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  • Elizabeth Little

Our Favourite Historical References in the New Laura Ashley x Batsheva Collection

In 1953, on a small kitchen table in Pimlico, London, the classic British textile and fashion brand Laura Ashley was born. By the 1970s and ‘80s, the brand was synonymous with mainstream British fashion and was a mainstay brand for years to come. Whilst today, the brand is now mainly known for their fabric patterns, it-designer Batsheva Hay saw that brand through the lens of nostalgia and was eager to collaborate. Now, the Brooklyn based designer has a 15-piece collection with the British heritage brand, filled with whimsical and historic details. We’ve gone through the collection to find some of our favourite pieces with amazing historical references.


“The Lady of Shalott” by John William Waterhouse, 1888. Image via Wikipedia Commons Public Domain.


This image is the main visual for the new collection, and when I saw it for the first time, I couldn’t stop thinking about this pre-Raphaelite painting. Painted by John William Waterhouse in 1888, it depicts a scene from Alfred Tennyson’s poem of the same name. Set in Arthurian times, this woman with flaming red hair sits in a canoe whilst catching a glimpse of Lancelot. The woman’s face has an air of sadness, as she knows she’ll never be able to get any closer due to a curse that was unfortunately thrust upon her. Meanwhile, the collection’s image features a woman emerging from a lake, who’s face carries a similar expression. Her wild hair can’t be tamed and once again resembles the colour of the hair from the painting.

If you’re based in London, then you’re in luck; “The Lady of Shalott” is owned by the Tate Britain. Sadly, you’ll have to be patient, as it’s not currently on display.


Robe à la Français, 1750-75. Image via The Met Open Access.


This stand out dress is clearly a 21st century version of the Robe à la Français. Though not containing the numerous under layers or the extravagant panniers (an early version of a hoop skirt worn underneath the gown to exaggerate hip shape), the cut of the waist line and ruffled sleeves are clear indicators. Batsheva’s v-shaped waist gives the illusion of a stay being worn without having to wear the no doubt unpleasant undergarment. Worn from the 1720s through to the 1780s, the robes were known for their renowned for their impressive and detailed fabric. By working with Laura Ashley – who is known for their fabrics – Batsheva is achieving their modern take on these classic looks.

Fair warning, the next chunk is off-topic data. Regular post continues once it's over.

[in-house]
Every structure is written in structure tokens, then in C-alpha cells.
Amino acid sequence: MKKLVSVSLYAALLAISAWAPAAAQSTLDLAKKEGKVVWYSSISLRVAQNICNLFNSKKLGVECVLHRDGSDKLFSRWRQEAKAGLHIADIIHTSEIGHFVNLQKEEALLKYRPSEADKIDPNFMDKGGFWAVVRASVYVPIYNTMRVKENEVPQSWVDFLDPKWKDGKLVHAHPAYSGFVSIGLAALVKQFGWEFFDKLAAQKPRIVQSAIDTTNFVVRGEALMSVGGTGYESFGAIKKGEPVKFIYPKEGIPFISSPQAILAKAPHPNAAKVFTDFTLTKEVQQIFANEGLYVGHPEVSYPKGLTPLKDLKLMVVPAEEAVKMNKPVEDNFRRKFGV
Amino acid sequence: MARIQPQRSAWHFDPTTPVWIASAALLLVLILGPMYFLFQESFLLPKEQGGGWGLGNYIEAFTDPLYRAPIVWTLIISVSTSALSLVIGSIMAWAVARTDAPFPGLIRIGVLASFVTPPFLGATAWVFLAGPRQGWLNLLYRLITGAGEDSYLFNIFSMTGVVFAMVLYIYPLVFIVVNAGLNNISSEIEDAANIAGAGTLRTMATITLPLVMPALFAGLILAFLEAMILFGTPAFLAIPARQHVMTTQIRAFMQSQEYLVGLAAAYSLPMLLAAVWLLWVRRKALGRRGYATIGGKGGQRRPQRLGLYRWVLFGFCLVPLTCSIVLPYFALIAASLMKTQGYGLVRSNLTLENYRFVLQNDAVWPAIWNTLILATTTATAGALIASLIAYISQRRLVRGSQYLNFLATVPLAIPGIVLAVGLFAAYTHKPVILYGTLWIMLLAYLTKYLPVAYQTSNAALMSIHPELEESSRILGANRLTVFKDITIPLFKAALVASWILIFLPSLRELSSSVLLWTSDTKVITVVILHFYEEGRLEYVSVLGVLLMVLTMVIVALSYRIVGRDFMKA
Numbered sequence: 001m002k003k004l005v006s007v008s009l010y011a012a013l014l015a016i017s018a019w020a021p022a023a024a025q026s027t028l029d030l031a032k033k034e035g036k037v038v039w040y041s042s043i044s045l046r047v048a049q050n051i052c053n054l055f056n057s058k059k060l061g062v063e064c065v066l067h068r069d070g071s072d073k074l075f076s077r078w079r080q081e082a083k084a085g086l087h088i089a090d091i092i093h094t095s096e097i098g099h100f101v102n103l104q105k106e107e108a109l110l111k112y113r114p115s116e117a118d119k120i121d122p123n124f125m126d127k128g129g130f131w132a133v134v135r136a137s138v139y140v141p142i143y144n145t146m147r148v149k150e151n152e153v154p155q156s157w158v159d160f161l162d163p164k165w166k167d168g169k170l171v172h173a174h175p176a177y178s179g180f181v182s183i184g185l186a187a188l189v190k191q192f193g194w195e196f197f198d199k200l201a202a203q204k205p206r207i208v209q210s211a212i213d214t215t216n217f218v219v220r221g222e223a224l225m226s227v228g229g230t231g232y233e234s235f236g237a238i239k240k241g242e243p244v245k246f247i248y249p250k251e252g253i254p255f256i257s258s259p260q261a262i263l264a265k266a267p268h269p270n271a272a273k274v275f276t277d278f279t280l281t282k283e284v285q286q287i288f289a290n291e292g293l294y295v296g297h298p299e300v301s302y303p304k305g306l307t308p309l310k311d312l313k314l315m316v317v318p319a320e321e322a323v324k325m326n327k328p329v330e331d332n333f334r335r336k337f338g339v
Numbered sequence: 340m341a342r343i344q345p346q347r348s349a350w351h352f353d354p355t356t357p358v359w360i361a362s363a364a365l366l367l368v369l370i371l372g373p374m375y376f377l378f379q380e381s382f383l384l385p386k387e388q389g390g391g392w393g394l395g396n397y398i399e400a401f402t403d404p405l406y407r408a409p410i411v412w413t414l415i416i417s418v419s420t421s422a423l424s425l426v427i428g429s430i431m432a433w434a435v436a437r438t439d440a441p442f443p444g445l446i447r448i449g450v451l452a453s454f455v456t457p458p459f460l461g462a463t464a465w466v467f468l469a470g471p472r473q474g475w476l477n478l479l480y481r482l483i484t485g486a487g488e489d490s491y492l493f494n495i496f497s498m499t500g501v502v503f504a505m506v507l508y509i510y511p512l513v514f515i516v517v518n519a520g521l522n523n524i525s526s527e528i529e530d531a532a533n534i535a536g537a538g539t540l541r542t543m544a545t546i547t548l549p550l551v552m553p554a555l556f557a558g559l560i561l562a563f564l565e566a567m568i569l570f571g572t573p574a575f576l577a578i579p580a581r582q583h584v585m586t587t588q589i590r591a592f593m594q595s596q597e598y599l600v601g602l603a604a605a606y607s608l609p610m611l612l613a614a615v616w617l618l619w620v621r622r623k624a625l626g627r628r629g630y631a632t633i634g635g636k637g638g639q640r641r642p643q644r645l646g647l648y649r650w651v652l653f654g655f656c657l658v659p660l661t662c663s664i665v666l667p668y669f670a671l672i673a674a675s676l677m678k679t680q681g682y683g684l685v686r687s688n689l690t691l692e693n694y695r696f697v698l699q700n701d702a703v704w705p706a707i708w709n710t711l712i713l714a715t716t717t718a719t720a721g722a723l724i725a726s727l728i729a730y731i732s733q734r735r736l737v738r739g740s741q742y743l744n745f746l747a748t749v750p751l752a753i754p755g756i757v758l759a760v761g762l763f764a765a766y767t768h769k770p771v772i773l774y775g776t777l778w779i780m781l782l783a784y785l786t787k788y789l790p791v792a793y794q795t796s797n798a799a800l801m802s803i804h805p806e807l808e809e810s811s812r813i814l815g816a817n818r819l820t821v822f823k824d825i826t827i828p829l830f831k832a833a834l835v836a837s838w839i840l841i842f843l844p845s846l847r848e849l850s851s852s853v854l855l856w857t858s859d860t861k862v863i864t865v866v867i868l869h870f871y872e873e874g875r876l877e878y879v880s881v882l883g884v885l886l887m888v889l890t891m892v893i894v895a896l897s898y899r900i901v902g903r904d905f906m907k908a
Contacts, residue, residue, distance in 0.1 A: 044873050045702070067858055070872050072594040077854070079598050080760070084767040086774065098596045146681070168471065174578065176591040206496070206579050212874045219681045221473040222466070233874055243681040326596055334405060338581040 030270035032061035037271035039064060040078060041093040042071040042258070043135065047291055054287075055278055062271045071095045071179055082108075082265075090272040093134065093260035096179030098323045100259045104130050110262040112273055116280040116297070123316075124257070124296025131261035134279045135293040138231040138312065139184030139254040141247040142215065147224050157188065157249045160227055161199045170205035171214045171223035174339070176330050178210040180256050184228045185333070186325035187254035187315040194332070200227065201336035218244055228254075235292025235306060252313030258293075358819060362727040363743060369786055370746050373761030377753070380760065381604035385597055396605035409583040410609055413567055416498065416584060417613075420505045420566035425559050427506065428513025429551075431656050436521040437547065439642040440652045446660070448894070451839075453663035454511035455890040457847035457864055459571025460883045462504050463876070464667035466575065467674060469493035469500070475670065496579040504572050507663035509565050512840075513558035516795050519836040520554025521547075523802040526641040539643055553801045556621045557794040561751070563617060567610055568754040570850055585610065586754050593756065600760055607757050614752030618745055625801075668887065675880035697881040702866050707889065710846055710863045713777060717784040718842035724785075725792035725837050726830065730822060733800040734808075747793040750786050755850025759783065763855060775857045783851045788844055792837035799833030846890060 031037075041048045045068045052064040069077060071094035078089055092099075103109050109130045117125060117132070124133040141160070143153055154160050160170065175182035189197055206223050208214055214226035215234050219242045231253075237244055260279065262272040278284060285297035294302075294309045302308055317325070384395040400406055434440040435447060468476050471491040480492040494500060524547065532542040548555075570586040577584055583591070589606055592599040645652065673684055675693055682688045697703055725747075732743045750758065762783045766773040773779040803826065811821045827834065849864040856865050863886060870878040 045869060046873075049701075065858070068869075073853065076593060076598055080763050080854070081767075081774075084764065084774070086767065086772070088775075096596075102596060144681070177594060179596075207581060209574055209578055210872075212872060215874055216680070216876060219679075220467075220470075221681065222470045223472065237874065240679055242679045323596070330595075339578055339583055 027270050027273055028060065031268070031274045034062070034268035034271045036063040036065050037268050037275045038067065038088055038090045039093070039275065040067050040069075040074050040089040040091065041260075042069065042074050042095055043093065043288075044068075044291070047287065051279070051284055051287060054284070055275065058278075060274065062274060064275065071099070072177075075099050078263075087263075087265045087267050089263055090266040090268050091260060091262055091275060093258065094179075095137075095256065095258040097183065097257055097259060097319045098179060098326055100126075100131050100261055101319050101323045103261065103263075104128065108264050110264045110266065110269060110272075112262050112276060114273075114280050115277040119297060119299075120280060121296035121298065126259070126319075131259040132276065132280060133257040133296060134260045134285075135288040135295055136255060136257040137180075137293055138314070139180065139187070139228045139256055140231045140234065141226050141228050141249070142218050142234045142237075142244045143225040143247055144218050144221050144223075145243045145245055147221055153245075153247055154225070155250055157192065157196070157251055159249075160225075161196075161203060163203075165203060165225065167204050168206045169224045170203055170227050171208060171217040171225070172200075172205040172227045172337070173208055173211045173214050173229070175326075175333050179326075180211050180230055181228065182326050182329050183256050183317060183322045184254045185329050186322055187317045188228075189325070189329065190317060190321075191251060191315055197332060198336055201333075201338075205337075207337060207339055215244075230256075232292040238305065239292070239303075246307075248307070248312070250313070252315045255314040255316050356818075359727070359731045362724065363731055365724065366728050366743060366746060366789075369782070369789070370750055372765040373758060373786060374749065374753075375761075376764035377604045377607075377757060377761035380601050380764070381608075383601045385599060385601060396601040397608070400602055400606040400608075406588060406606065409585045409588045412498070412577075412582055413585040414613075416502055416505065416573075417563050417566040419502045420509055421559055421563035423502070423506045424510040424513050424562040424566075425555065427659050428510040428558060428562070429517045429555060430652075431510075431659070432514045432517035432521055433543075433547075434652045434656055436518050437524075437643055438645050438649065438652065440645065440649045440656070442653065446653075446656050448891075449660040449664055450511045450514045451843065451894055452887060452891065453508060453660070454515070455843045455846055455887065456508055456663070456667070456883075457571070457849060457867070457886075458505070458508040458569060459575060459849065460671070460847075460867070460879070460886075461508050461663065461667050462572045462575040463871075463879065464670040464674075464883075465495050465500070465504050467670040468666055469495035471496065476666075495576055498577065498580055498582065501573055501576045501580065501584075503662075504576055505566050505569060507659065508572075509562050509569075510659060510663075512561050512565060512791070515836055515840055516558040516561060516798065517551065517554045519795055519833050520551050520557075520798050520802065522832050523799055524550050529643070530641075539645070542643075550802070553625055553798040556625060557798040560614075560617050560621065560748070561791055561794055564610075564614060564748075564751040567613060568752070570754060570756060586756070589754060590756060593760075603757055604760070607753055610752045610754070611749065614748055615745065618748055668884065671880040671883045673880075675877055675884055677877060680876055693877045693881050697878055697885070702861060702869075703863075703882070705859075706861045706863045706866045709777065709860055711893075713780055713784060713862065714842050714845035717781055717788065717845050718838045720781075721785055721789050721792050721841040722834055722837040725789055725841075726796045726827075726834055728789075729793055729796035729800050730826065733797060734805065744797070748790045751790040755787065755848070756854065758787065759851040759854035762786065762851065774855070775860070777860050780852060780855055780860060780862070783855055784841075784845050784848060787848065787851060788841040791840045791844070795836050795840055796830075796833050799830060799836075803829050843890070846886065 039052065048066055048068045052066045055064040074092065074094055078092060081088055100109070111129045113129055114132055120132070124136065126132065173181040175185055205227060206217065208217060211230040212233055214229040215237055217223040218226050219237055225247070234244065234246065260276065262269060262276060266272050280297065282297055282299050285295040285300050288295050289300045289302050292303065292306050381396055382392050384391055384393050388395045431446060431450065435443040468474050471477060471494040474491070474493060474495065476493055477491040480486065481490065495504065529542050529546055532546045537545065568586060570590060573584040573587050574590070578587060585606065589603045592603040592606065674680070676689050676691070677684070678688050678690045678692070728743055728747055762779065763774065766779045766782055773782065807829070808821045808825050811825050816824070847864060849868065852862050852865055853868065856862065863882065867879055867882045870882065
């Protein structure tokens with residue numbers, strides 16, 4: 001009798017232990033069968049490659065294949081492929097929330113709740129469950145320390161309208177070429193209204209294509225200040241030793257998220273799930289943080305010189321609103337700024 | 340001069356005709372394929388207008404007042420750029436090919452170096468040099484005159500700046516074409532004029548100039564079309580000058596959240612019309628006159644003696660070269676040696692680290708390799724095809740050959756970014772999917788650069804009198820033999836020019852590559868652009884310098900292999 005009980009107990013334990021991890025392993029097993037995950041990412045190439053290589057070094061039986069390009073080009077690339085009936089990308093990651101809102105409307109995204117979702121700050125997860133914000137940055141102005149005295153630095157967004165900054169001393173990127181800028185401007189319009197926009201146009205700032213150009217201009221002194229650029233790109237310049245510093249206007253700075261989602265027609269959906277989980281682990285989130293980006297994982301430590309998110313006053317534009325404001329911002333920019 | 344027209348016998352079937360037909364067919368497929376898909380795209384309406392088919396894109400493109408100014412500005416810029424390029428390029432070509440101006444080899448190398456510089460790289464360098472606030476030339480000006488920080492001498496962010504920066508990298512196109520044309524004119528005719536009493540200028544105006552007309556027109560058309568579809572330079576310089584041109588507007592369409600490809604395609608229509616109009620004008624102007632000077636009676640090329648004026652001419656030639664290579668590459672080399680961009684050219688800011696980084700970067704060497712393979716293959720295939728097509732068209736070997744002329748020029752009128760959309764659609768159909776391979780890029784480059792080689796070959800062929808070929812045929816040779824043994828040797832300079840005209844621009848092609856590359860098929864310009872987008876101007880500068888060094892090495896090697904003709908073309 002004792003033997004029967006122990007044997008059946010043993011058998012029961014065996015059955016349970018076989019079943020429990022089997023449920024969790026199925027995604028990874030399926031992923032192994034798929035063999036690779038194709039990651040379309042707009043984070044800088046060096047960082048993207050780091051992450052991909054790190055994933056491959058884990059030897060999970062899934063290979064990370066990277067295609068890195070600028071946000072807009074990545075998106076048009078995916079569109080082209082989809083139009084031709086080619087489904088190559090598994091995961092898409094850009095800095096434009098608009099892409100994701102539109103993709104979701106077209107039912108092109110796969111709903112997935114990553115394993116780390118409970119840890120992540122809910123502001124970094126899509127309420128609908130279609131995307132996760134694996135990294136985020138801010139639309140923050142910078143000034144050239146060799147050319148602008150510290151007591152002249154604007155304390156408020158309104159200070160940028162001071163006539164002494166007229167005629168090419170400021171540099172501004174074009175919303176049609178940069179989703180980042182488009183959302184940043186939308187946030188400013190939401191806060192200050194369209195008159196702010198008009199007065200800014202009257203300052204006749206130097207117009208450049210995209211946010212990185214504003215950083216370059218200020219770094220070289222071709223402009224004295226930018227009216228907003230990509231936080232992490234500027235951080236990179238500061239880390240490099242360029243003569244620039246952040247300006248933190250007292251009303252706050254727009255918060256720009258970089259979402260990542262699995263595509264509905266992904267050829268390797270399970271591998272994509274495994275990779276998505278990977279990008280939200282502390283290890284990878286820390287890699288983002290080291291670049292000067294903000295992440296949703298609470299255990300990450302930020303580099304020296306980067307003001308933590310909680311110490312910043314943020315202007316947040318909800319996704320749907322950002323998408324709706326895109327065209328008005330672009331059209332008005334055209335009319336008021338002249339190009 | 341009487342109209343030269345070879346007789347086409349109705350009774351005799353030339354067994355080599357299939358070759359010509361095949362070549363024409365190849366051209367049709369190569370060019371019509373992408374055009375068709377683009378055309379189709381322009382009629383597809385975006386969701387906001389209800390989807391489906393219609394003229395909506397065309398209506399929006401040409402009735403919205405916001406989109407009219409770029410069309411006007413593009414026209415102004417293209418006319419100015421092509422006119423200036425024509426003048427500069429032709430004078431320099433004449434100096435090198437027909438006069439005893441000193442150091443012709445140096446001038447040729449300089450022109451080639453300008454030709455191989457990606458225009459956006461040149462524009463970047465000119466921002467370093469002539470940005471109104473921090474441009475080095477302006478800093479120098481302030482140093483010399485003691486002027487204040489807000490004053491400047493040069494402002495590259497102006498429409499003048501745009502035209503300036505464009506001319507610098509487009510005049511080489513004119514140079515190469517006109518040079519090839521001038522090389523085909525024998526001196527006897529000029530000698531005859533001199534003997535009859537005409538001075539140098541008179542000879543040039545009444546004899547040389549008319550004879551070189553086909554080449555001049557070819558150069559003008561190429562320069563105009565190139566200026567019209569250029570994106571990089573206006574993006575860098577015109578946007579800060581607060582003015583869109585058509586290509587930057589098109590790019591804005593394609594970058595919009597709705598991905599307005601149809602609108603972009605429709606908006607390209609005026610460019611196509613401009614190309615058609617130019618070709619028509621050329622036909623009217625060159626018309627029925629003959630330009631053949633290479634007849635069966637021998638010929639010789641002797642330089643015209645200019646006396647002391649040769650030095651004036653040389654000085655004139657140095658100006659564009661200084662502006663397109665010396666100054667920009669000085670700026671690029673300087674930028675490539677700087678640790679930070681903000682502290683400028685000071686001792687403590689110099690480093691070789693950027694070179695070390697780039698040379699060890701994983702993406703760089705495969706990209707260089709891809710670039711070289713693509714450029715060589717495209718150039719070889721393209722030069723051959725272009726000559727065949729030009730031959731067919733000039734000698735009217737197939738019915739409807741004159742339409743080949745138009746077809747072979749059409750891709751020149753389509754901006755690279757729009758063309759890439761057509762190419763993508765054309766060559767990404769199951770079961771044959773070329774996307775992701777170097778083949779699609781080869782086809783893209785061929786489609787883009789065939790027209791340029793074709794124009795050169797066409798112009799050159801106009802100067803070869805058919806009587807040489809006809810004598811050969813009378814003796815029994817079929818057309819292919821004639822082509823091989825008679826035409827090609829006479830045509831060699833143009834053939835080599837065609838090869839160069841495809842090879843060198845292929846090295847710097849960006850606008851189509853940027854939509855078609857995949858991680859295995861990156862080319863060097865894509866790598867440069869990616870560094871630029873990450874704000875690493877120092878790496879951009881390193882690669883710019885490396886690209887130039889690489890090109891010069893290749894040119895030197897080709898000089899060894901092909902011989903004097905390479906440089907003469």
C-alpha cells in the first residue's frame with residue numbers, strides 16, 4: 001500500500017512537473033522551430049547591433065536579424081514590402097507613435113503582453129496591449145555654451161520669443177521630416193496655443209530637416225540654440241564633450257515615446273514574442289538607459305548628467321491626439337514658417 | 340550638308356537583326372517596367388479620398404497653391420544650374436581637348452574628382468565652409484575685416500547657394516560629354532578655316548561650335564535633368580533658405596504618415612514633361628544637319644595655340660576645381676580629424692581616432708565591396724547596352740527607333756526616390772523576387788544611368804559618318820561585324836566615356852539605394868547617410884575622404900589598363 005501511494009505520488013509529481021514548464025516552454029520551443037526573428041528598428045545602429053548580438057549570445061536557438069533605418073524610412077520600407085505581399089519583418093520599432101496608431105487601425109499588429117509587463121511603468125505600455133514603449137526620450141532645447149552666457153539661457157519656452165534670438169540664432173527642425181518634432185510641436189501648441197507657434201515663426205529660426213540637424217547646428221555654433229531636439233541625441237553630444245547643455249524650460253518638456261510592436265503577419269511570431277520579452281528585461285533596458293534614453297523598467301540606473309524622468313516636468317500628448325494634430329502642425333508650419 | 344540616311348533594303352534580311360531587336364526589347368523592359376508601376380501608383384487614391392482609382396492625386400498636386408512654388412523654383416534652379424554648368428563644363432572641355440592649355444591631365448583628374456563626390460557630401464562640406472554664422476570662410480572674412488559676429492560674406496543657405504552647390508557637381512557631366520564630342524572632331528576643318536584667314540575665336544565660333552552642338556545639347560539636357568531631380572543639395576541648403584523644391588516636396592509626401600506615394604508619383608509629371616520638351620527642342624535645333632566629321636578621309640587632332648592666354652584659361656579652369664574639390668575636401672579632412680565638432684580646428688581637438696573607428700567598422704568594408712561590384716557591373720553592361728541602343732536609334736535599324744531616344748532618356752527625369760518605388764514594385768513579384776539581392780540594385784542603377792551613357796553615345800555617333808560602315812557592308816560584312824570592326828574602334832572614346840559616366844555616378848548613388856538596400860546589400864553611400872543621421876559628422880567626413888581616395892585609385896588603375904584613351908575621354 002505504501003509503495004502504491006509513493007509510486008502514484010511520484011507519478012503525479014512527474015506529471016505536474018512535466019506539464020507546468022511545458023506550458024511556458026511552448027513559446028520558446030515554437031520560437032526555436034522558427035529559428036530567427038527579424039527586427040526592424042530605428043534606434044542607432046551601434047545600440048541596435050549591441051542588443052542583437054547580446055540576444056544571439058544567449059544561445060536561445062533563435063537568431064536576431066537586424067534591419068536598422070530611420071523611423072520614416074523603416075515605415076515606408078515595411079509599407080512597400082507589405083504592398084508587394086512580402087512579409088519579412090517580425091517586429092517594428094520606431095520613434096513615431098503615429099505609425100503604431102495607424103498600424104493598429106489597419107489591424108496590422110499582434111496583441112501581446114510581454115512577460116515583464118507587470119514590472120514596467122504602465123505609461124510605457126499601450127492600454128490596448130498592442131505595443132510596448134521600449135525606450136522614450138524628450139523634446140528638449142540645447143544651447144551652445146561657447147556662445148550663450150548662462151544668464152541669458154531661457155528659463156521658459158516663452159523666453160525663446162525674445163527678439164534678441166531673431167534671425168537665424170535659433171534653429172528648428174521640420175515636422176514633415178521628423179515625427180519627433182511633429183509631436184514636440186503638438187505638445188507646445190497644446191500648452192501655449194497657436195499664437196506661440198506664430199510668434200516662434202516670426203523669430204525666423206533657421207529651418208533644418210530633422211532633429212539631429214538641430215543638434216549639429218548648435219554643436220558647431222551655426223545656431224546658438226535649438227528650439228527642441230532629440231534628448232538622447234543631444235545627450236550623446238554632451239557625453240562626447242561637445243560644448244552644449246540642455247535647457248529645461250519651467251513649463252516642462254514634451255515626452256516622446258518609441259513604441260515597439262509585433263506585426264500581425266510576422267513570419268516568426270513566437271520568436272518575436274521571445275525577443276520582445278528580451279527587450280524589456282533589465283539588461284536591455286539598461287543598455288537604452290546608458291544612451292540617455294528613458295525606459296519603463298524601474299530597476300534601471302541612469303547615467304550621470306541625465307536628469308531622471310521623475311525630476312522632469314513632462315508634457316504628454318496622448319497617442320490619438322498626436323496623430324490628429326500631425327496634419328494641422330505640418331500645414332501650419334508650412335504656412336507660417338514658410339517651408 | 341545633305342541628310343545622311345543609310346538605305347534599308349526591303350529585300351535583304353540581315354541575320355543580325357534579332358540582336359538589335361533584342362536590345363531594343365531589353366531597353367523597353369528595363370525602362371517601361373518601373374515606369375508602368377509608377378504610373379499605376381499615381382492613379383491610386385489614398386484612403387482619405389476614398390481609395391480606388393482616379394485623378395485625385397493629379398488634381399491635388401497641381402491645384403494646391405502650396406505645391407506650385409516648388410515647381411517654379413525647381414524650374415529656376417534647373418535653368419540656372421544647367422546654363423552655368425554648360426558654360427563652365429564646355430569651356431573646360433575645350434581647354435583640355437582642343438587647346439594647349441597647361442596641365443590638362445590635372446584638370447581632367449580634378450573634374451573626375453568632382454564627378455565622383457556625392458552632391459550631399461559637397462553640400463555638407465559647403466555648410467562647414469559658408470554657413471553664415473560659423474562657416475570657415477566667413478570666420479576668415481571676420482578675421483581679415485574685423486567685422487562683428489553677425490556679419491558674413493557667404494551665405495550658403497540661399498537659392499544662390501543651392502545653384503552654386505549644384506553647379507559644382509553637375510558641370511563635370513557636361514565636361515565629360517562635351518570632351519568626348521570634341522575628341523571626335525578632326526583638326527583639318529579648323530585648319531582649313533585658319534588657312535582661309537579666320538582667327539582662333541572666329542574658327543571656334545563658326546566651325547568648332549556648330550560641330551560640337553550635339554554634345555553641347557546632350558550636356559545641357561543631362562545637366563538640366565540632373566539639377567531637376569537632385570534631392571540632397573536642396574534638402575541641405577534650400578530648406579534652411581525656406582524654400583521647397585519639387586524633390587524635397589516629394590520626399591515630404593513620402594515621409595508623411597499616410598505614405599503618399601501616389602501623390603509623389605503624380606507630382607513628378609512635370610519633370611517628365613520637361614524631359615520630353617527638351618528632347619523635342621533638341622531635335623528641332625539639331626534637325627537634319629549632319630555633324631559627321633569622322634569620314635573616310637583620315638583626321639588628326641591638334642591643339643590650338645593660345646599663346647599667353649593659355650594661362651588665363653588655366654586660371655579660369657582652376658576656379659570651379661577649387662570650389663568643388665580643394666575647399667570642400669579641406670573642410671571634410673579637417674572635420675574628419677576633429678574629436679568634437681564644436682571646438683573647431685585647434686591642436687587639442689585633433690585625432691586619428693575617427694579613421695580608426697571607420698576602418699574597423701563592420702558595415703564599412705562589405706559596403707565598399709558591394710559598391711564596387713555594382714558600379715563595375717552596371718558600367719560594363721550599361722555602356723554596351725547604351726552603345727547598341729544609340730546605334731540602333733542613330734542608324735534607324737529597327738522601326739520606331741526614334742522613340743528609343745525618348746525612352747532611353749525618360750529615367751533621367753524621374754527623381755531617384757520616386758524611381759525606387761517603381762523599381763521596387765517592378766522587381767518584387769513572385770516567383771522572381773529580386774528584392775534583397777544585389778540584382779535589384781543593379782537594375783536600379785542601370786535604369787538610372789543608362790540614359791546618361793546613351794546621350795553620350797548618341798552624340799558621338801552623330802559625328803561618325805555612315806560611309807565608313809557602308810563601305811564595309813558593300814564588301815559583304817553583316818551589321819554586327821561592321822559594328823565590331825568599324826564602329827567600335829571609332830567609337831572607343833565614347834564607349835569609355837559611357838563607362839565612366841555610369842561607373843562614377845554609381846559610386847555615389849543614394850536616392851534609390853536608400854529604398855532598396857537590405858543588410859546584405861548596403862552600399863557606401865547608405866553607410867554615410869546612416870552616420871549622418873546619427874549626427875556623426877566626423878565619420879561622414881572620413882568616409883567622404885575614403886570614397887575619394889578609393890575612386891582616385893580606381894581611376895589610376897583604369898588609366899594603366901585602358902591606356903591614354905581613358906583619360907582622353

“La Mousmé,” Vincent Van Gogh, 1888. Image via NGA Open Access.

“Girl in White,” Vincent Van Gogh, 1890. Image via NGA Open Access.


This top looks as if it’s stepped off the pages of Thomas Hardy’s Tess d’Urbervilles. With its high neck and slightly puffed shoulders, it resembles the classic tops for women that were popular during the 1870s and ‘80s. It’s no surprise that this is one of the tops we see in the collection as Batsheva Hay stated that one of her main influences was Victorian fashion. Usually worn as a day time item, this button up blouse can be seen in many paintings from those years, including these two by Vincent van Gogh. However, the peplum waist seen on the top could also be influenced from some jackets of the 1780s, but those usually featured more ruffles along the waist (examples can be seen here).


The rest of the Laura Ashley x Batsheva collection can be purchased via batsheva.com or on MatchesFashion, Nordstrom, and Net-A-Porter.

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